Making family memories in Virden and Oak Lake Beach

Posted April 10, 2024 | Author Jillian Recksiedler

With family roots in southwestern Manitoba, I always look forward to visiting the region each summer. This year, instead of visiting our usual haunts like Brandon and Souris, we followed the Trans-Canada Highway a little further west to check out lake life at Oak Lake Beach and to browse the historic downtown of Virden.

Virden and Oak Lake Beach are two off-the-beaten-track destinations of southwestern Manitoba that make the perfect family getaway for play time, shopping therapy, and falling in love with the charming countryside .

Where to stay: Aspen Grove Campground

This family-run, private campground is located right off the Trans-Canada Hwy, equidistance between the town of Virden and Oak Lake Beach Recreation Area. It`s the perfect home base for exploring the region because you are only a 10-minute drive away from an adventure. That being said, Aspen Grove is a destination in itself - parents may have a hard time getting the kids to leave the campground.

My daughter and I were welcomed by owner-operators Maria and Amar Boudehane, who were often seen buzzing about their 200-site property, chatting to both nightly campers and seasonal RVers, dropping off firewood, pruning their impeccable grounds, working the c-store and more. Despite being off the busy Trans-Canada Highway, Aspen Grove is secluded with a notable calm energy. Patrons can truly come to disconnect from their routine and connect with friends and family.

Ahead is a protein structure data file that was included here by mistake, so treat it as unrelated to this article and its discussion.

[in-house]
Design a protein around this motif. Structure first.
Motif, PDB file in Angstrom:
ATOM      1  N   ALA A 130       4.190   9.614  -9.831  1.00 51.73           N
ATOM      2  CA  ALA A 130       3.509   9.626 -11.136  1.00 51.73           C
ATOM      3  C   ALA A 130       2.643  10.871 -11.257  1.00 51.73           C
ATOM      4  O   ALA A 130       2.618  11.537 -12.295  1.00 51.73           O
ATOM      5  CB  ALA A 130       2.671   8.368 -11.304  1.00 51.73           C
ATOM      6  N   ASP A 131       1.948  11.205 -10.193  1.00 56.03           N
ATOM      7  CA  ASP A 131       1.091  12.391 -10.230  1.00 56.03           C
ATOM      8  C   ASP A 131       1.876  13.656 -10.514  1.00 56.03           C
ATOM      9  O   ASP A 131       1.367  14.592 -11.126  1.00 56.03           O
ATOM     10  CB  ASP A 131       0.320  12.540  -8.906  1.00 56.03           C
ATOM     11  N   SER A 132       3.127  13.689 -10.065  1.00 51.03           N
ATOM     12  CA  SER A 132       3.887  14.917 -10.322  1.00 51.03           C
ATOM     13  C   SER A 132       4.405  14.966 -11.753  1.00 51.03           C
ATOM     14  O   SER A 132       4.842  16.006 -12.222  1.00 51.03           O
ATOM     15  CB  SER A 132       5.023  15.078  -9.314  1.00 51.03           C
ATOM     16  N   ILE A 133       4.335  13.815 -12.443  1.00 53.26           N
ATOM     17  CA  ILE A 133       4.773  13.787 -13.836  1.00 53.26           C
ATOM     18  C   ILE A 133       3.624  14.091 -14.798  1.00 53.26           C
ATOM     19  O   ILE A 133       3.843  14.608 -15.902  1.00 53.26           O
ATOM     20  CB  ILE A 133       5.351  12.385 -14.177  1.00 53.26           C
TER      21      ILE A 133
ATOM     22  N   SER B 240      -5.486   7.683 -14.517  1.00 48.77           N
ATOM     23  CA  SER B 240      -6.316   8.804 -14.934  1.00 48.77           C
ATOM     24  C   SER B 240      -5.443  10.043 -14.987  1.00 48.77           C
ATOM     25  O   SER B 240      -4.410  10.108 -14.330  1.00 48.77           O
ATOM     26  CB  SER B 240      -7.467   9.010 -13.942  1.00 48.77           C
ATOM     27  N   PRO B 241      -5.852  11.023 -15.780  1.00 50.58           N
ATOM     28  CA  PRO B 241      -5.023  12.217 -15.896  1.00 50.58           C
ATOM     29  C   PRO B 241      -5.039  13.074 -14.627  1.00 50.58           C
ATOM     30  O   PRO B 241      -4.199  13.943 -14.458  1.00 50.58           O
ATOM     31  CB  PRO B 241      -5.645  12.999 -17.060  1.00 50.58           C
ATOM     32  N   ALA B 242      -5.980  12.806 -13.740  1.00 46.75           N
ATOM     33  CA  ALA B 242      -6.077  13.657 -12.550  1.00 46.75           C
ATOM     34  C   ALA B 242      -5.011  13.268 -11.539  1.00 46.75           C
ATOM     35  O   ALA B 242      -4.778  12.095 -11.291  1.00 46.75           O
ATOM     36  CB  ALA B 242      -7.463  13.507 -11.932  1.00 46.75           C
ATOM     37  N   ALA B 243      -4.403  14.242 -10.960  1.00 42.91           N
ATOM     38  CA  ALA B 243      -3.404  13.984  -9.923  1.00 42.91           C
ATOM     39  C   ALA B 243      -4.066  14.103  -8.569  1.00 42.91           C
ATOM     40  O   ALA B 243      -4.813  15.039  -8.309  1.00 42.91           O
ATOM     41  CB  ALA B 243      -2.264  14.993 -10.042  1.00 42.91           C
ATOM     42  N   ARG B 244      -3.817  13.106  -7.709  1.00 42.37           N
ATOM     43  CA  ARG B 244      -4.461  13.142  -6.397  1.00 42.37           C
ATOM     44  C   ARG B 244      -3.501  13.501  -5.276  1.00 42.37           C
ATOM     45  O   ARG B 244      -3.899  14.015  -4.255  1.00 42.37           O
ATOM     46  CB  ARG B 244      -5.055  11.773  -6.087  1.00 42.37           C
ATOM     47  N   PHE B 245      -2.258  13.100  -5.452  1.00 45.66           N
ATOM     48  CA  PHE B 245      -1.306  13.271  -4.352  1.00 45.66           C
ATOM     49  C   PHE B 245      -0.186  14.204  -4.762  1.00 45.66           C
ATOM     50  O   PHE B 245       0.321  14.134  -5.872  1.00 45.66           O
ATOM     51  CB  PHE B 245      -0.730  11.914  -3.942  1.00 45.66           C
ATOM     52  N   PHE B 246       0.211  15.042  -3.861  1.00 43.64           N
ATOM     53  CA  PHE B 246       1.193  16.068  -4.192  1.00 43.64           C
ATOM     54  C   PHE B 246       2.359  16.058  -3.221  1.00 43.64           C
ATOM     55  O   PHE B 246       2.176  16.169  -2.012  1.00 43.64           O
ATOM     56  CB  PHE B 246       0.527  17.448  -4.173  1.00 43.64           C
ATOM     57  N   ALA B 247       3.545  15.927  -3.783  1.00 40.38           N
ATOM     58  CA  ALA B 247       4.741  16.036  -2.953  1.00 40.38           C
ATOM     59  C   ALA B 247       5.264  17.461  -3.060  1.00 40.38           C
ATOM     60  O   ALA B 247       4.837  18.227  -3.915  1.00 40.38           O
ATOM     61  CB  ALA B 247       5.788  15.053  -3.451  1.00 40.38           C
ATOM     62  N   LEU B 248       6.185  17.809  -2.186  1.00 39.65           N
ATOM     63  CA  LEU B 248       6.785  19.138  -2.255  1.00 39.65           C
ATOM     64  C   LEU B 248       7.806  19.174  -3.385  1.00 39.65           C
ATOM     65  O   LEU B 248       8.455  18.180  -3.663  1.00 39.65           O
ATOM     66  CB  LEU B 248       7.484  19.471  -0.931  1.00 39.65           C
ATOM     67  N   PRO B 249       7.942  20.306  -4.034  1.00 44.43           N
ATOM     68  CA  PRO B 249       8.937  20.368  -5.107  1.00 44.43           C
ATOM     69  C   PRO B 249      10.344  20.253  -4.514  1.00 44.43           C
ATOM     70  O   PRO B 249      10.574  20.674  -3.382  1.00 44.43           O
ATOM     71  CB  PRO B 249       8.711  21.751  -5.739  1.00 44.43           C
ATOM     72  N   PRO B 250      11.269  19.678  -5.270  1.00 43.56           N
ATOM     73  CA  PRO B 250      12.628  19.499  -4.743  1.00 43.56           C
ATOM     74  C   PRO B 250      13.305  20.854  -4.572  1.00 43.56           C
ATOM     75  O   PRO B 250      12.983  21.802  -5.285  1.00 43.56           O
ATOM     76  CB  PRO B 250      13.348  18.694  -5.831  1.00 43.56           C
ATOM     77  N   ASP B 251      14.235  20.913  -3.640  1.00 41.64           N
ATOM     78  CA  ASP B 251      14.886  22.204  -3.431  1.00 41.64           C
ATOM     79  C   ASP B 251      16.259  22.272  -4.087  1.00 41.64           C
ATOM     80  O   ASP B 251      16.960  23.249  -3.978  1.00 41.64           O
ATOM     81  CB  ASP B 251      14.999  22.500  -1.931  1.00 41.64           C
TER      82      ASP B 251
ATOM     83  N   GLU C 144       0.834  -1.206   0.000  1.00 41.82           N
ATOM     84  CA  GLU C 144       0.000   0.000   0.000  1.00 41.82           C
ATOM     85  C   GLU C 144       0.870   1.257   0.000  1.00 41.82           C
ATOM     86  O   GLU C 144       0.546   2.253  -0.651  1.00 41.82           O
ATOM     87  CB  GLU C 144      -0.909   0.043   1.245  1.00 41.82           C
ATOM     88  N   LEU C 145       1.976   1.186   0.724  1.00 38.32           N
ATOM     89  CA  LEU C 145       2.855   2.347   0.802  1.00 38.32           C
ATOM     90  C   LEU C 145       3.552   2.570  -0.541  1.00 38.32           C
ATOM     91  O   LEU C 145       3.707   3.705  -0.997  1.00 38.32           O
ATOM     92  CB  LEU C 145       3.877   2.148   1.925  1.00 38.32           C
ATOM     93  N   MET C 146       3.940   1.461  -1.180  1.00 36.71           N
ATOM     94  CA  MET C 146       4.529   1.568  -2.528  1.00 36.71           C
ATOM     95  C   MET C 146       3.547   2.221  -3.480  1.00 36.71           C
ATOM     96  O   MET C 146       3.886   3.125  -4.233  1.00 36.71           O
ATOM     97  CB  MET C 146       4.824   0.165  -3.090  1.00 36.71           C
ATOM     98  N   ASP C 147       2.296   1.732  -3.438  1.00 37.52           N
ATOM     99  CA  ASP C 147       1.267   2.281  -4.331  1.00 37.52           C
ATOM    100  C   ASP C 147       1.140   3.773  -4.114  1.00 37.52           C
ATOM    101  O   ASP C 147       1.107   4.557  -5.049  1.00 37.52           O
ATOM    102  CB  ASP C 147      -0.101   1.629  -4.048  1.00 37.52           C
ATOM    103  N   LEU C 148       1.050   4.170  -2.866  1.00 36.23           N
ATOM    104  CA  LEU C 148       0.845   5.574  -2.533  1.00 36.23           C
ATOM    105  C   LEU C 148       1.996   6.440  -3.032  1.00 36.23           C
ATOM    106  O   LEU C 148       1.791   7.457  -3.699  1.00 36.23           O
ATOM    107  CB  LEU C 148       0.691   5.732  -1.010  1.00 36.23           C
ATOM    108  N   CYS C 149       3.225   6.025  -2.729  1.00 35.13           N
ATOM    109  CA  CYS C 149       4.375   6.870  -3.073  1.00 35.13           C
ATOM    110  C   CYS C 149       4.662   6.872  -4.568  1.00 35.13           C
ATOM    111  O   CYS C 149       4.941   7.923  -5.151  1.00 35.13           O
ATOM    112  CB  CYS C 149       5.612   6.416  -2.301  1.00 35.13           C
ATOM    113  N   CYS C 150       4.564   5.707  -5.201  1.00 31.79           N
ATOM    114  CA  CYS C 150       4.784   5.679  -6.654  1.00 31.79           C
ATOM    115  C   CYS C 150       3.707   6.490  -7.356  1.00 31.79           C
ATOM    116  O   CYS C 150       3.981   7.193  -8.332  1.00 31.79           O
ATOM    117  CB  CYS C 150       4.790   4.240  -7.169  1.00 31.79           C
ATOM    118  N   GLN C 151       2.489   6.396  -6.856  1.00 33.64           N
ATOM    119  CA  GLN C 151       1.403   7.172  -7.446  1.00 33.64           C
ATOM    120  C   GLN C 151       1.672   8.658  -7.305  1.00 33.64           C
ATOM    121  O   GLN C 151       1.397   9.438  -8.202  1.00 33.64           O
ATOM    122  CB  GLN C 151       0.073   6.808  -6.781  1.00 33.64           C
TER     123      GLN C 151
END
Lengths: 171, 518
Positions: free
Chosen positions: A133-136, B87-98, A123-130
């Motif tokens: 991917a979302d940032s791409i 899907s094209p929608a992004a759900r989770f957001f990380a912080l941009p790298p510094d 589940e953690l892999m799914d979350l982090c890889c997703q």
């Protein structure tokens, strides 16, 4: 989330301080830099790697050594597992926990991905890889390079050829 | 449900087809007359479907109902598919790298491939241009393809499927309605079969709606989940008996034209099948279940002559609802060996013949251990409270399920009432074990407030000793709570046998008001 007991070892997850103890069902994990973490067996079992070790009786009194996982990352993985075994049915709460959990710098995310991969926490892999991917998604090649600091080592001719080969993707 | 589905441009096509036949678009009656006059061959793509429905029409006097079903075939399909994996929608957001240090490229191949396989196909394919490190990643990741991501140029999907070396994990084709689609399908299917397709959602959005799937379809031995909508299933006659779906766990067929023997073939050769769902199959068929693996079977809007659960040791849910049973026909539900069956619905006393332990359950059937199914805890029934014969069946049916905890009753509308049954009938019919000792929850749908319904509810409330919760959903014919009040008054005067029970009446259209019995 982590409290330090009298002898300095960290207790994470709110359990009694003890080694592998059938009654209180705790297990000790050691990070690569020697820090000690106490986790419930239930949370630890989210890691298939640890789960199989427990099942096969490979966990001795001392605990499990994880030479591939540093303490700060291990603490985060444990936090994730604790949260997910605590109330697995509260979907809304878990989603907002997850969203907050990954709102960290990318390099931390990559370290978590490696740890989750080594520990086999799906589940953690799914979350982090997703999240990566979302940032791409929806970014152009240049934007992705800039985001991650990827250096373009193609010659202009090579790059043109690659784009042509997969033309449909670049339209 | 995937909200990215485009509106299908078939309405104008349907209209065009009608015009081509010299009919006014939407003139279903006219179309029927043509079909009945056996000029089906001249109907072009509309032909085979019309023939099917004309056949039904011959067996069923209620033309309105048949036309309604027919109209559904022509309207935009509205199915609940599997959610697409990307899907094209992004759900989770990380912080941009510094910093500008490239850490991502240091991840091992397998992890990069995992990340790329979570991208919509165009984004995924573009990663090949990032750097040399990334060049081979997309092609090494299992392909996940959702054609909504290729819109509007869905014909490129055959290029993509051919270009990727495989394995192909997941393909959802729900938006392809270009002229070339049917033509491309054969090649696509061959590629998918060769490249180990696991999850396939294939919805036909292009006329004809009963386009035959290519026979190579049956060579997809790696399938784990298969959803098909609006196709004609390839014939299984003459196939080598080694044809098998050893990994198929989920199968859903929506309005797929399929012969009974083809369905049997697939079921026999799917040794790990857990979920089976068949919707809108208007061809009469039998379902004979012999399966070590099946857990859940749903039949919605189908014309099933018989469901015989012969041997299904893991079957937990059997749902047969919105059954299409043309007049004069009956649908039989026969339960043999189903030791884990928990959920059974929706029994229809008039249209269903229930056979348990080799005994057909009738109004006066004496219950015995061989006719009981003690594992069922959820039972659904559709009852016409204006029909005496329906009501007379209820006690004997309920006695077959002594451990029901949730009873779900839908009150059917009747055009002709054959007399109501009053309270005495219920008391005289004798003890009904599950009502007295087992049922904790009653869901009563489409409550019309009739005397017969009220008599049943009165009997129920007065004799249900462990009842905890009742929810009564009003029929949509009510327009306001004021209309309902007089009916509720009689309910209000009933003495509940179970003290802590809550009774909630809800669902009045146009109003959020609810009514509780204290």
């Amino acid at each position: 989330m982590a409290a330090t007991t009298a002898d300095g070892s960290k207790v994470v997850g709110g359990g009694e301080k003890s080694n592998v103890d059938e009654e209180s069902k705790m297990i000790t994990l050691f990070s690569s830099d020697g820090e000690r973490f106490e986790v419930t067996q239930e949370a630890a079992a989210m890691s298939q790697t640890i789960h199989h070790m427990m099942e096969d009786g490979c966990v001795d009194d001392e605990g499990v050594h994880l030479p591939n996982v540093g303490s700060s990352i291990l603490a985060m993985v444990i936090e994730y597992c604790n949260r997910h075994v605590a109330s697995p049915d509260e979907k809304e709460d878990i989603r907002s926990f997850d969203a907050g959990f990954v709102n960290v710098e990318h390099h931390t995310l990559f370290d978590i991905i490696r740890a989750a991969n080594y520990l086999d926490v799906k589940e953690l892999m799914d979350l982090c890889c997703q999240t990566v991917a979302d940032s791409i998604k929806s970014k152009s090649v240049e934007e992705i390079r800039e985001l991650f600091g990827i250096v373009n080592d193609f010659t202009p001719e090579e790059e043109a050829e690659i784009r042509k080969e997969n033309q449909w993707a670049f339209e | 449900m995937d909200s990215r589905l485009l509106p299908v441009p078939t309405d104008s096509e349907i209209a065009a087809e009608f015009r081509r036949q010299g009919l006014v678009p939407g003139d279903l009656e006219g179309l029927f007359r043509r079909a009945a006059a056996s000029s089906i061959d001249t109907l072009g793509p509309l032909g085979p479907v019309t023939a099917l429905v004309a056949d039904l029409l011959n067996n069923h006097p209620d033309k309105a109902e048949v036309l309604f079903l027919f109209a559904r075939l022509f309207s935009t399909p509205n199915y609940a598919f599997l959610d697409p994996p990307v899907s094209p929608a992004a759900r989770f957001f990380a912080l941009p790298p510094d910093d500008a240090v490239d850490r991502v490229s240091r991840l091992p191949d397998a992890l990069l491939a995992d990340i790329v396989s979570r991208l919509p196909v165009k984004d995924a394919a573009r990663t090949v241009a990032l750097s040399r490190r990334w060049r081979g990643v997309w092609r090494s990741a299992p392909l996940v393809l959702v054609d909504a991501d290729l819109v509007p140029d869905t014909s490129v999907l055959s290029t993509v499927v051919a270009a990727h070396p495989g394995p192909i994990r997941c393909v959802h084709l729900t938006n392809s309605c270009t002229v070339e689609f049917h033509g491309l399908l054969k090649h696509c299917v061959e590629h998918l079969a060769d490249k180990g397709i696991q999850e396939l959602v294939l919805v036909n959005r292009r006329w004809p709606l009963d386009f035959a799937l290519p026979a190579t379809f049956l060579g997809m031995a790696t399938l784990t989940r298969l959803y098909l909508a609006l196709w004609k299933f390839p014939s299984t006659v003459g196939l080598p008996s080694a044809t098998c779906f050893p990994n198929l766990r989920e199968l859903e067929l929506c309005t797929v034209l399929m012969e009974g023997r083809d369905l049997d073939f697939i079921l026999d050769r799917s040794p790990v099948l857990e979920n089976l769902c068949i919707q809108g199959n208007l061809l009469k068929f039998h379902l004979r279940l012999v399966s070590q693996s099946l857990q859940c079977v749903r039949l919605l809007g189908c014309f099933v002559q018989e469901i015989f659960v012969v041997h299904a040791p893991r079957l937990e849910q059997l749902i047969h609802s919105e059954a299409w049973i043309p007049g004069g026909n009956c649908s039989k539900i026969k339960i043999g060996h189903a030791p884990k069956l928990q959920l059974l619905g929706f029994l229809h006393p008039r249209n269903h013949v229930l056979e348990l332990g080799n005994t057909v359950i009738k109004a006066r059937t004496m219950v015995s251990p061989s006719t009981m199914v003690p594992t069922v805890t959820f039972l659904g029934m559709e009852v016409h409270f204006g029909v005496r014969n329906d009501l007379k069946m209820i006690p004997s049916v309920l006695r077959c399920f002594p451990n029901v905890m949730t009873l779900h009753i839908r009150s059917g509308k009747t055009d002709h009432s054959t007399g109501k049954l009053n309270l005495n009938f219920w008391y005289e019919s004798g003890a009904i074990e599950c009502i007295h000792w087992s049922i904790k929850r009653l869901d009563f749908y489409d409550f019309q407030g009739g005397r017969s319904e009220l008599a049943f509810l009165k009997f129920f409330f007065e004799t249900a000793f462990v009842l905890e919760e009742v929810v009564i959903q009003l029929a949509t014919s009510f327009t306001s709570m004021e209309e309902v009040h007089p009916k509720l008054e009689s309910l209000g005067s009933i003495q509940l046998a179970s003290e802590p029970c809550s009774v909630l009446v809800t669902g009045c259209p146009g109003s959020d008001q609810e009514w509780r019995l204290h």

What we loved about Aspen Grove is that it offers two on-site camper rentals, which is an accessible way for a family to experience RV life if they do not have their own. We opted for the budget camper ($90 per night), which easily sleeps a family of four. We were thrilled with this luxury version of camping - we were kitted out with a full bathroom, a fully stocked kitchen with fridge, freezer and sink, a queen-sized bed and bbq. We only packed our linens and snacks, making it the most hassle-free camping trip I've ever planned for my family. A deluxe camper is available ($110 per night), which is ideal for a larger family.